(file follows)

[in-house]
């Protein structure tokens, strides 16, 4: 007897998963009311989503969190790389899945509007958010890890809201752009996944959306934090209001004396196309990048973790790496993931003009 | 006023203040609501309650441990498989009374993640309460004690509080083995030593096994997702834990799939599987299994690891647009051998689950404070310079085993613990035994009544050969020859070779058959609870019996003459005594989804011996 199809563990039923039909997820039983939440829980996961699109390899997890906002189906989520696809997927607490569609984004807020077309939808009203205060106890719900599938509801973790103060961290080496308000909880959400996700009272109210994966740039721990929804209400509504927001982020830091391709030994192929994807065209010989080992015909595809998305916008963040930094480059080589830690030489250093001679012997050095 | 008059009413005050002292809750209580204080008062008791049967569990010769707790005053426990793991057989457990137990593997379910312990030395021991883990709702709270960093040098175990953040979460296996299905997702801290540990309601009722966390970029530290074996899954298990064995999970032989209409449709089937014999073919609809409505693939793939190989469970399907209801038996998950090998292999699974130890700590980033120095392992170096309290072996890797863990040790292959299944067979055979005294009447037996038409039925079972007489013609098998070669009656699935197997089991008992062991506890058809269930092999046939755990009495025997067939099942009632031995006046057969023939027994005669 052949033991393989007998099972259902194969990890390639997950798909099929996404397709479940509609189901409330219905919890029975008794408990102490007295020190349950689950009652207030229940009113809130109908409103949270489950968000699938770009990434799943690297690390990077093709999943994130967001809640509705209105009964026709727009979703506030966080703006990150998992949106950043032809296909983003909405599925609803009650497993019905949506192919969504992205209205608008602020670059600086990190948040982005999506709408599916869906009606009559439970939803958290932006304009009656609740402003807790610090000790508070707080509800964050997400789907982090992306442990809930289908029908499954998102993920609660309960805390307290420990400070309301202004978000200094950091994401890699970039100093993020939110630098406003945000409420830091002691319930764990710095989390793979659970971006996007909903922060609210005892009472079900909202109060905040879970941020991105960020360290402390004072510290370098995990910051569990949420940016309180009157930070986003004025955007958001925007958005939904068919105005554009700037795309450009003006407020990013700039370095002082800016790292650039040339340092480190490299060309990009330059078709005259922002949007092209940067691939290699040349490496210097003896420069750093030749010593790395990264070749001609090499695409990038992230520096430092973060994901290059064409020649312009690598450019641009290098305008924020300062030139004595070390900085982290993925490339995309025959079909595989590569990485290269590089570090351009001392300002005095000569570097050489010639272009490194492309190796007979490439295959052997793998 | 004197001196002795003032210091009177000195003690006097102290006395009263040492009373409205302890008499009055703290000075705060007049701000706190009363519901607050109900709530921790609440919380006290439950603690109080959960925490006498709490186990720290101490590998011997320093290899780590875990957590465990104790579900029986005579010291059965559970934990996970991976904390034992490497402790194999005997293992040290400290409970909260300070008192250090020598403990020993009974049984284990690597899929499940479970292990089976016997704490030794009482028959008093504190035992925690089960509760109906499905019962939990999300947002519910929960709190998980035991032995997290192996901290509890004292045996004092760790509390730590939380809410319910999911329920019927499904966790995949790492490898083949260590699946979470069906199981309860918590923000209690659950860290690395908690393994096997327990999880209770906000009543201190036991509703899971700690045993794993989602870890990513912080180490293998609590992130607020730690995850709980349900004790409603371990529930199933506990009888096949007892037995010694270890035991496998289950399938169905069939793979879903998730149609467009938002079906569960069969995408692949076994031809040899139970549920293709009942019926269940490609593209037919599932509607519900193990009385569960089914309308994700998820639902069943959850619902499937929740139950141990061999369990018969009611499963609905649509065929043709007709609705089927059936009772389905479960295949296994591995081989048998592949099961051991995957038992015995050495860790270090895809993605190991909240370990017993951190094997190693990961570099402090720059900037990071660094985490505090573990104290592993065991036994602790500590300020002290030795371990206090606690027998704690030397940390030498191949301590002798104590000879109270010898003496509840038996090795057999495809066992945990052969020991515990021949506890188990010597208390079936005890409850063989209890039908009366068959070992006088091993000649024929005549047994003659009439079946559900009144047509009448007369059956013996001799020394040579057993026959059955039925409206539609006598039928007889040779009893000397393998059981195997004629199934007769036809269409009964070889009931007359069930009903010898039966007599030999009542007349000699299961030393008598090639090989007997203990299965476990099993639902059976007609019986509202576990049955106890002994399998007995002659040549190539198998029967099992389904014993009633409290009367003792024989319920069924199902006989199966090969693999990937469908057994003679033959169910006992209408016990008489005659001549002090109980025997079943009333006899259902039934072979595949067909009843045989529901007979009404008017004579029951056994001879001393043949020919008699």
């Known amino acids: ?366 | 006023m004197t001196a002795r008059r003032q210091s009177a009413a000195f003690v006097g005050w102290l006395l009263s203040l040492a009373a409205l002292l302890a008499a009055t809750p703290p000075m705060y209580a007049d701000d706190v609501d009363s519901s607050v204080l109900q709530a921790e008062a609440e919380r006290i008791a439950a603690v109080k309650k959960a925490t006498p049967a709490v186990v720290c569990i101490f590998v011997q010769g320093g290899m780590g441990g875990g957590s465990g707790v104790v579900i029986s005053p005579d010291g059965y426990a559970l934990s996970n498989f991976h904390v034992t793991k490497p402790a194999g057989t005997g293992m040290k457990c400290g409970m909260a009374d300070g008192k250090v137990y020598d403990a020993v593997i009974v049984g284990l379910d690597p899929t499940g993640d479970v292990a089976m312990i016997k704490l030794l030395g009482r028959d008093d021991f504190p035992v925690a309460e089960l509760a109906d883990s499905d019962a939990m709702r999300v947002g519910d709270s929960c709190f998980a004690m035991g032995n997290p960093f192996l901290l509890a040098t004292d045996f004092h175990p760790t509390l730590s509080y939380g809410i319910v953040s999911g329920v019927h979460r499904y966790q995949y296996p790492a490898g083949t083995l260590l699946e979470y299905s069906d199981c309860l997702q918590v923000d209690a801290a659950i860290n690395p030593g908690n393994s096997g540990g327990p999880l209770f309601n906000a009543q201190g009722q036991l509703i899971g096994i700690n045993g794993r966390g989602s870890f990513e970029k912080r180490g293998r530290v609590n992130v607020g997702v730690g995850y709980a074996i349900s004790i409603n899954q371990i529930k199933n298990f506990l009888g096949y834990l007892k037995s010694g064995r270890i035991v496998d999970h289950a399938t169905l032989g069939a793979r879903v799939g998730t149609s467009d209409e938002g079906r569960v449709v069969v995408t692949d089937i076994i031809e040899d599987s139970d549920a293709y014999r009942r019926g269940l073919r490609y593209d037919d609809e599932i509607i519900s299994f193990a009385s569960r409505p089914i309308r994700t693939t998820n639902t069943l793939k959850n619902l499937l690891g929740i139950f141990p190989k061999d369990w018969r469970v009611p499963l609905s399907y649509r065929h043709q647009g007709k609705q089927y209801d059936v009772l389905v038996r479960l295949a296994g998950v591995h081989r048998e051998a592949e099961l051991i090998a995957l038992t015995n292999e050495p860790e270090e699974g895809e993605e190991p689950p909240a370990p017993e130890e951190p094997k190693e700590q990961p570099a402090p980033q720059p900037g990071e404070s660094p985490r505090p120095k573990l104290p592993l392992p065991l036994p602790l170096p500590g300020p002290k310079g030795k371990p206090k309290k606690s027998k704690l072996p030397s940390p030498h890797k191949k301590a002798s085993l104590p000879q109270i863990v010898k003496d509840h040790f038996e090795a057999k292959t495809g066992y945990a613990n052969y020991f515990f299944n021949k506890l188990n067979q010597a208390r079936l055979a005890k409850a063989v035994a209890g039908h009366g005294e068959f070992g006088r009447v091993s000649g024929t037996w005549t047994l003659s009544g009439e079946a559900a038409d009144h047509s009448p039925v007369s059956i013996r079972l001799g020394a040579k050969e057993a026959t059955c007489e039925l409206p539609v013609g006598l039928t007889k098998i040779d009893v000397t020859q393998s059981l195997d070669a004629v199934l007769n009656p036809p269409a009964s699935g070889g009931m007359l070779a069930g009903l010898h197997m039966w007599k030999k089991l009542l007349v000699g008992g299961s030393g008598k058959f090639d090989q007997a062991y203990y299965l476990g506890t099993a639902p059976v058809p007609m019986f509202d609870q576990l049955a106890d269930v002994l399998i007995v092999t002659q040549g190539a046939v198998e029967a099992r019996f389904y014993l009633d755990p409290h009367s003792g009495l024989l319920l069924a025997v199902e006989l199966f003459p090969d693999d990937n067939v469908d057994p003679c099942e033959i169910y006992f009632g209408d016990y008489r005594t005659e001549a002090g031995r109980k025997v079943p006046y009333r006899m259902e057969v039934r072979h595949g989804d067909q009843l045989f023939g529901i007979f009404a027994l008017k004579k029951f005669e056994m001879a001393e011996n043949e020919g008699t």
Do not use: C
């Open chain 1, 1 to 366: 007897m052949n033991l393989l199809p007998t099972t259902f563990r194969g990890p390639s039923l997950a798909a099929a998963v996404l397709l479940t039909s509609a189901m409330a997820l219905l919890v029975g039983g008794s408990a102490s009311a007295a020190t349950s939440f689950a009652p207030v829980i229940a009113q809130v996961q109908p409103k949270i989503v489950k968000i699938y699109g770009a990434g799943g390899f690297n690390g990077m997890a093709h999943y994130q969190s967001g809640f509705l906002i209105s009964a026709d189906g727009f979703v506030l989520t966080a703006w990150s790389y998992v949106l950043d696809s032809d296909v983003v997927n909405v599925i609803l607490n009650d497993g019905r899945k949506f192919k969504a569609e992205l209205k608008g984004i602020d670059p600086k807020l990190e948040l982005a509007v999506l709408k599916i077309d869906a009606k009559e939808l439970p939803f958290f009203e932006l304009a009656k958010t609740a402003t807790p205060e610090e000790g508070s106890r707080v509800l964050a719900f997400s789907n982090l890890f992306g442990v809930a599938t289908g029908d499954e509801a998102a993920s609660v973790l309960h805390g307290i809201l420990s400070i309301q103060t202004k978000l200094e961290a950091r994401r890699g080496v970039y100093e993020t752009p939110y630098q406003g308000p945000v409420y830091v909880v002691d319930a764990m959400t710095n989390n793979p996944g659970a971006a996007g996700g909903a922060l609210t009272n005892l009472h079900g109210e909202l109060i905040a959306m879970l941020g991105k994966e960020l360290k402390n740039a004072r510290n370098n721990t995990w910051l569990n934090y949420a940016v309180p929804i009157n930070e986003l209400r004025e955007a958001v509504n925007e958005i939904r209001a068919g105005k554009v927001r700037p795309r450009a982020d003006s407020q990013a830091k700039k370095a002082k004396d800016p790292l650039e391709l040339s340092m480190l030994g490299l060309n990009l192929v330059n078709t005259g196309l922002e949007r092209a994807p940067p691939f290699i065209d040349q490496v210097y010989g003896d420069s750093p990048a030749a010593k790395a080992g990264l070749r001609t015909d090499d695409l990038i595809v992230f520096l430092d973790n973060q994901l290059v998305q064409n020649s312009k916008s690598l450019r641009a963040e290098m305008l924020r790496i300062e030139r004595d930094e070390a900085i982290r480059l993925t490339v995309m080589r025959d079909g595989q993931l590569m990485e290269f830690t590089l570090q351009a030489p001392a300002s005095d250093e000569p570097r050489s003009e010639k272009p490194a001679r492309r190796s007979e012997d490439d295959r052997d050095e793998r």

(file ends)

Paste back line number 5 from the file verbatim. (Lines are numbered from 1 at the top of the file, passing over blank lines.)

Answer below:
């Open chain 1, 1 to 366: 007897m052949n033991l393989l199809p007998t099972t259902f563990r194969g990890p390639s039923l997950a798909a099929a998963v996404l397709l479940t039909s509609a189901m409330a997820l219905l919890v029975g039983g008794s408990a102490s009311a007295a020190t349950s939440f689950a009652p207030v829980i229940a009113q809130v996961q109908p409103k949270i989503v489950k968000i699938y699109g770009a990434g799943g390899f690297n690390g990077m997890a093709h999943y994130q969190s967001g809640f509705l906002i209105s009964a026709d189906g727009f979703v506030l989520t966080a703006w990150s790389y998992v949106l950043d696809s032809d296909v983003v997927n909405v599925i609803l607490n009650d497993g019905r899945k949506f192919k969504a569609e992205l209205k608008g984004i602020d670059p600086k807020l990190e948040l982005a509007v999506l709408k599916i077309d869906a009606k009559e939808l439970p939803f958290f009203e932006l304009a009656k958010t609740a402003t807790p205060e610090e000790g508070s106890r707080v509800l964050a719900f997400s789907n982090l890890f992306g442990v809930a599938t289908g029908d499954e509801a998102a993920s609660v973790l309960h805390g307290i809201l420990s400070i309301q103060t202004k978000l200094e961290a950091r994401r890699g080496v970039y100093e993020t752009p939110y630098q406003g308000p945000v409420y830091v909880v002691d319930a764990m959400t710095n989390n793979p996944g659970a971006a996007g996700g909903a922060l609210t009272n005892l009472h079900g109210e909202l109060i905040a959306m879970l941020g991105k994966e960020l360290k402390n740039a004072r510290n370098n721990t995990w910051l569990n934090y949420a940016v309180p929804i009157n930070e986003l209400r004025e955007a958001v509504n925007e958005i939904r209001a068919g105005k554009v927001r700037p795309r450009a982020d003006s407020q990013a830091k700039k370095a002082k004396d800016p790292l650039e391709l040339s340092m480190l030994g490299l060309n990009l192929v330059n078709t005259g196309l922002e949007r092209a994807p940067p691939f290699i065209d040349q490496v210097y010989g003896d420069s750093p990048a030749a010593k790395a080992g990264l070749r001609t015909d090499d695409l990038i595809v992230f520096l430092d973790n973060q994901l290059v998305q064409n020649s312009k916008s690598l450019r641009a963040e290098m305008l924020r790496i300062e030139r004595d930094e070390a900085i982290r480059l993925t490339v995309m080589r025959d079909g595989q993931l590569m990485e290269f830690t590089l570090q351009a030489p001392a300002s005095d250093e000569p570097r050489s003009e010639k272009p490194a001679r492309r190796s007979e012997d490439d295959r052997d050095e793998r």